At the desire of Bishop Herbert a foreign ecclesiastic who had travelled much, but whose name is not known, composed or at least began a Life of St. Kentigern, but only a fragment of it has been preserved and it is not known if the task was ever completed. The extant fragment has often been printed and commented on, and it seems to have been known to Joceline, who compiled the fuller biography of the saint about twenty-five years later. The Prologue is interesting as showing the views current in Bishop Herbert's time. Many regions, the writer says, he had traversed, carefully investigating the manners of the same and the devotion of their clergy and laity. Every land he had found venerating its own provincial saint, but when he came to Scotland, though he found it rich in the relics of saints, illustrious in its clergy and glorious in its princes, it was, in comparison with other kingdoms, behind-hand in its reverence for the saints. Noting the scantiness of such attention, the writer, for the honour of the most holy confessor and bishop Kentigern, who in comparison with others, "glittereth like Lucifer among the stars," took up his pen at the instance of Herbert, the venerable Bishop of Glasgow, and had composed the work " from the material found in the little book of his virtues and from the oral communication of the faithful." [St. Kentigern (Historians of Scotland), pp. 123-4.]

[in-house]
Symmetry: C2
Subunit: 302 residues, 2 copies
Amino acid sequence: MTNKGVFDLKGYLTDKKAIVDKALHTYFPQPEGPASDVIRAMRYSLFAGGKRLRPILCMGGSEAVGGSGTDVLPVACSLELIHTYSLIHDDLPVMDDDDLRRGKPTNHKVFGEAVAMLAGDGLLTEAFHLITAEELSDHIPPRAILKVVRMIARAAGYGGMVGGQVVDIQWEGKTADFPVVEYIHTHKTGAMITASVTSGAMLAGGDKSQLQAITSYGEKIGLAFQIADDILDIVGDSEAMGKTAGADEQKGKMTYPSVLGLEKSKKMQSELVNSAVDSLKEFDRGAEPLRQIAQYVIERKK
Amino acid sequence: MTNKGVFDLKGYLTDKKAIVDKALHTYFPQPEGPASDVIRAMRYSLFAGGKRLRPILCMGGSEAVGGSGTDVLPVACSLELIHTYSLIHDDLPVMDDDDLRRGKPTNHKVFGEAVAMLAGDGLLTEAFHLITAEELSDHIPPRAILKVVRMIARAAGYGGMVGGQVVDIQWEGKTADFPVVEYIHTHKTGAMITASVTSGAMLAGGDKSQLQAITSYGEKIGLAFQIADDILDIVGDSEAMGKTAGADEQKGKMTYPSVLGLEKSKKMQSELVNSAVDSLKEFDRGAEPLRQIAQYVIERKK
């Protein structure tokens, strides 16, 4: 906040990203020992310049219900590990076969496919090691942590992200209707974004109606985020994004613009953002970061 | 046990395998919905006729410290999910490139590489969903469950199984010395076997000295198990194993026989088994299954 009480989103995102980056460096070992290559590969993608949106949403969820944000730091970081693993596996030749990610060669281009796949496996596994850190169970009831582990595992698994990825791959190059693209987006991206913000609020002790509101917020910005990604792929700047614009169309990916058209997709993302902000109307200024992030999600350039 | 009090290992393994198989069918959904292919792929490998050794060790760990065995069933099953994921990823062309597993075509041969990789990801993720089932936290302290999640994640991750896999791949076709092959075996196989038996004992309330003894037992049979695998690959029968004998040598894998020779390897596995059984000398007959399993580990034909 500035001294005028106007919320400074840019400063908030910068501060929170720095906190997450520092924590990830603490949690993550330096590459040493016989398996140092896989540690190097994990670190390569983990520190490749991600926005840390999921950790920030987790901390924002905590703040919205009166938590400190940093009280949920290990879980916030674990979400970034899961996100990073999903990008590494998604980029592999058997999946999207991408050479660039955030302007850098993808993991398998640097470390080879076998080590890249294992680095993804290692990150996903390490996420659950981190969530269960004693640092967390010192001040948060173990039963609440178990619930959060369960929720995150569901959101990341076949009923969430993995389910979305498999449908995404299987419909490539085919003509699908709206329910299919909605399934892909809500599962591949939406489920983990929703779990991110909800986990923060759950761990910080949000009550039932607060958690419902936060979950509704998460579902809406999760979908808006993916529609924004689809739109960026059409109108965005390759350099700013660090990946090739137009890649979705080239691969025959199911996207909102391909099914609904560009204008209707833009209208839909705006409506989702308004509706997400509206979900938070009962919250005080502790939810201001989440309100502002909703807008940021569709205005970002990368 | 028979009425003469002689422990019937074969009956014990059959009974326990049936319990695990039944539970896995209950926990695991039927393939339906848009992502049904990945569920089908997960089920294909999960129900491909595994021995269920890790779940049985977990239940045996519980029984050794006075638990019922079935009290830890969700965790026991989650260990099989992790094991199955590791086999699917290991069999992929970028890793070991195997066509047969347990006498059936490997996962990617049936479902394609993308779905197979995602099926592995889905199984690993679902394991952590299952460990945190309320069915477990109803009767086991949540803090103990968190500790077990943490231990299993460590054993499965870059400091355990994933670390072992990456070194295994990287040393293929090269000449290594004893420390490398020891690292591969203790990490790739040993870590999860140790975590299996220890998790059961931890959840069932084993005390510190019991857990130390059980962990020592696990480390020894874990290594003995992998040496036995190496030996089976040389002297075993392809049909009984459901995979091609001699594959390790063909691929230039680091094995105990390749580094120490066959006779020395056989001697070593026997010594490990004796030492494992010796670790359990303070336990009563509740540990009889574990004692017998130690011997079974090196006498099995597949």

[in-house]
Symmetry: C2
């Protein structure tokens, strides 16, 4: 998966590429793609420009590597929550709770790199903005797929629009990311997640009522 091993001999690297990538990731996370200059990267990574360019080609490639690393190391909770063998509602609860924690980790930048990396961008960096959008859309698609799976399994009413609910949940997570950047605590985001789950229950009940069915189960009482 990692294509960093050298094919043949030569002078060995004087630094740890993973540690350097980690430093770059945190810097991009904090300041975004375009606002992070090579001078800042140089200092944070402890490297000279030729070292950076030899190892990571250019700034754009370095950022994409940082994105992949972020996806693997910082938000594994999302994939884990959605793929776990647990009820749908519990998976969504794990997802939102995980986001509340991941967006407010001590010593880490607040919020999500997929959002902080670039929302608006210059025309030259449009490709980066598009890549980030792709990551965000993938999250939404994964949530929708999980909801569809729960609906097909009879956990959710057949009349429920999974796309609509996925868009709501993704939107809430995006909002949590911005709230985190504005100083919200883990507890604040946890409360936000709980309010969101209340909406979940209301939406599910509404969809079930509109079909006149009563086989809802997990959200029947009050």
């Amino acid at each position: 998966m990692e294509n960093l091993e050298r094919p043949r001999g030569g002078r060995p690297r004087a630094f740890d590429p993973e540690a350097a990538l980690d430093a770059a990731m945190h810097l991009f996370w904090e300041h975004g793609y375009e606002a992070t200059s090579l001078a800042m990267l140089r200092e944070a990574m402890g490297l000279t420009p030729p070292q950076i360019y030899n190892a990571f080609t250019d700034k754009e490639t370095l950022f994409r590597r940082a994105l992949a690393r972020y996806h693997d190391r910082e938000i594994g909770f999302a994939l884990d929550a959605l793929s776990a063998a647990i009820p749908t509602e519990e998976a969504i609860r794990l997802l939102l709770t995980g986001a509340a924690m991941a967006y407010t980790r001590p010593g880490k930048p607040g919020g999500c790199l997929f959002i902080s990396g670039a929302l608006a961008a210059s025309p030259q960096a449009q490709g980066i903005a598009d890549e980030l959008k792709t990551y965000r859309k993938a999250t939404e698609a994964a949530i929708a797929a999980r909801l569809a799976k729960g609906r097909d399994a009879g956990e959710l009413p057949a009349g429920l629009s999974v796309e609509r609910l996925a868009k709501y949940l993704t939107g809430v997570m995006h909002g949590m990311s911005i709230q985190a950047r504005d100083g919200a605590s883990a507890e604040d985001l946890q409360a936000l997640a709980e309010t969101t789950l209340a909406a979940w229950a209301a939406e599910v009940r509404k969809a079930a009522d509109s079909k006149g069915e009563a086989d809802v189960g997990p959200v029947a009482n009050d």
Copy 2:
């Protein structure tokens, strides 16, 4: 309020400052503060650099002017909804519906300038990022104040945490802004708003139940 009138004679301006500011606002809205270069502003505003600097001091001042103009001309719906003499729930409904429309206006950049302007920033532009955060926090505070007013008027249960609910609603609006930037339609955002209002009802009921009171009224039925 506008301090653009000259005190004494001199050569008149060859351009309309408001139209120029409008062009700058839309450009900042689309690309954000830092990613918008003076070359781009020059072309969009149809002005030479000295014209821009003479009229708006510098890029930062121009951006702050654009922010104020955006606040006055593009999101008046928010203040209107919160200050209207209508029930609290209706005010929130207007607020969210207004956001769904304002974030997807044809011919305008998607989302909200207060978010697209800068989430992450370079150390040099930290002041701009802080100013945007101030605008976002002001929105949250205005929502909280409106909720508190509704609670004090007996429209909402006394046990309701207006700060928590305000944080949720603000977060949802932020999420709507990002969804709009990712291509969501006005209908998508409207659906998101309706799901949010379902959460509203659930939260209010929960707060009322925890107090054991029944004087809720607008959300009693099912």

Along with these researches into the past history of the see, the bishop also devoted some attention to its existing organization, and the constitution of the cathedral chapter, based, as already mentioned, on that of Sarum, is understood to have been framed by him. At a subsequent period, when the constitution was again under consideration, full particulars were obtained from Salisbury, with a ritual composed so early as the year 1076, and as will hereafter be seen these were adapted to the requirements of Glasgow cathedral. Like his predecessor, Herbert seems to have disregarded the supremacy claims of York, though in 1155, Pope Adrian addressed a joint letter to all the Scottish bishops ordering them to submit to the archbishop of that see as metropolitan. Similar claims were put forward from time to time, but the controversy was interrupted in 1176 by Pope Alexander III. commanding the archbishop not to exercise metropolitan jurisdiction over the Scottish church until the question was examined and decided. [Lawrie's Annals, pp. 18, 206; Scottish Annals (Anderson), p. 238; Reg. Episc. No. 38. See also postea, ch. xii.]